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what golf ball should i use

by David Toms

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If you’re like me, you probably simply play whatever golf ball you found in the bushes the last time you played. I did that for a while because I thought all balls were the same, but that’s actually not the case at all and could be hurting your game.

If you need to run or don’t care about the details and simply want to know what ball is best for your skill level, check out these:

If you actually like knowing what goes into a golf ball and how things like layers, compression, and spin affect the ball, continue reading. Because each kind of golf ball is created for a certain sort of golfer, we’ll go through what to look for at each level.

What Are The Different Types Of Golf Balls?

The first thing to think about is what kind of ball you should be using. The easiest way to look at this is whether you should be using a 1, 2, 3, 4, or5 piece golf ball.

Golf balls are made with different layers and each has its pros and cons. In general, a ball with amore layers is designed for better players.

The amount of layers on a ball may affect its shot height, distance, spin rates, and how it feels upon contact.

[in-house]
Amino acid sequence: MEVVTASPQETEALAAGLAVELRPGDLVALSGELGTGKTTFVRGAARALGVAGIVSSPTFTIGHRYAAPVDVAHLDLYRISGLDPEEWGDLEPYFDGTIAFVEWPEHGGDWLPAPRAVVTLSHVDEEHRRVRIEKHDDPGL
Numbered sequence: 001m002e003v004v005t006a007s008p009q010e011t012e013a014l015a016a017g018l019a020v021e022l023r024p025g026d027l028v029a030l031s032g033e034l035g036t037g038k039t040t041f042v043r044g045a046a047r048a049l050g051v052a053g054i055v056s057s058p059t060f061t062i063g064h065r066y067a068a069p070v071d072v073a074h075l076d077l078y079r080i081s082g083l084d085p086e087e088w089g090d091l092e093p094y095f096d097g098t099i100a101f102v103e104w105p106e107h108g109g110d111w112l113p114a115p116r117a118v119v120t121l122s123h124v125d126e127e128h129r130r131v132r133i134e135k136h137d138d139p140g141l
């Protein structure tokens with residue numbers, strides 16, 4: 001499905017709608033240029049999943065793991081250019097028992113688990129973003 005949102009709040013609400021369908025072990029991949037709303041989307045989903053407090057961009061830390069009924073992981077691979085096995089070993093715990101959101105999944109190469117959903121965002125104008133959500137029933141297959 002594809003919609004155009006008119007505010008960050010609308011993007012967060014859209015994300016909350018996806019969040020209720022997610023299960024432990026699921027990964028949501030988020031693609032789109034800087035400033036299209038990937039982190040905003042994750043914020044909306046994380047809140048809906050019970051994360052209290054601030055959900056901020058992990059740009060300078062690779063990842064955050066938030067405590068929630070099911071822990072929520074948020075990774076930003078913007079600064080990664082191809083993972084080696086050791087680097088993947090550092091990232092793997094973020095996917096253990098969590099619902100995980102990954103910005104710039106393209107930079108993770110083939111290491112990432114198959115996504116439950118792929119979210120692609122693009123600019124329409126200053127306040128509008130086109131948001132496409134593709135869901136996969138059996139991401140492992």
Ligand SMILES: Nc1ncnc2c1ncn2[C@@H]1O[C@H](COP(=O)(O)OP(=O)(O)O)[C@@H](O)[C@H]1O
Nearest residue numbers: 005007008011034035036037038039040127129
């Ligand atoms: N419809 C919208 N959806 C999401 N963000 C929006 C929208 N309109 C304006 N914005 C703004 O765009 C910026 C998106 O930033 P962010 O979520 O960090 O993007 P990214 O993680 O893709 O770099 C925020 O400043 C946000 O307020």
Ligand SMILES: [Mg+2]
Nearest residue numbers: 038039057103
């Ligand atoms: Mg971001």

Better golfers will probably want a ball that has a lower ball flight and more spin. Beginners will want a ball that launches high, spins little, and travels as far as possible.

There is quite a bit more that goes into it, but let’s just quickly run through the characteristics of each type of ball and what they’re designed for.

1 piece golf balls:These balls are often manufactured from a single piece of material and are very firm. You’ll pretty much never see these balls on the course or range because they’re primarily used as mini golf balls.

2 piece golf balls:These balls have a huge core and are subsequently coated with a second covering. These balls may be soft or hard, but they are designed for novices and low handicappers. These balls will provide maximum distance, greater forgiving, and higher ball flights. Example:Callaway Supersoft.

RELATED:The Difference Between 2 And 3 Piece Golf Balls

3 piece golf balls:These balls are designed for golfers who want a bit more out of their ball, typically mid to low handicappers. They might be firm or soft, but the key advantage is that they will spin more than two-piece balls. Consider the Titleist Pro V1.

RELATED:The Difference Between 3 And 4 Piece Golf Balls

4 piece golf balls:These balls often have a greater compression rating and are designed for more advanced players.faster swing speeds. Compared to 3 piece balls, these will normally be firmer and will spin more. Consider the Titleist Pro V1x.

5 piece golf balls:These balls are not as popular as the others, but they are also designed for superior players. They’re pretty similar to 4 piece balls, but the additional layer tends to make the ball a bit more “soft” at impact. Taylormade TP5 is an example.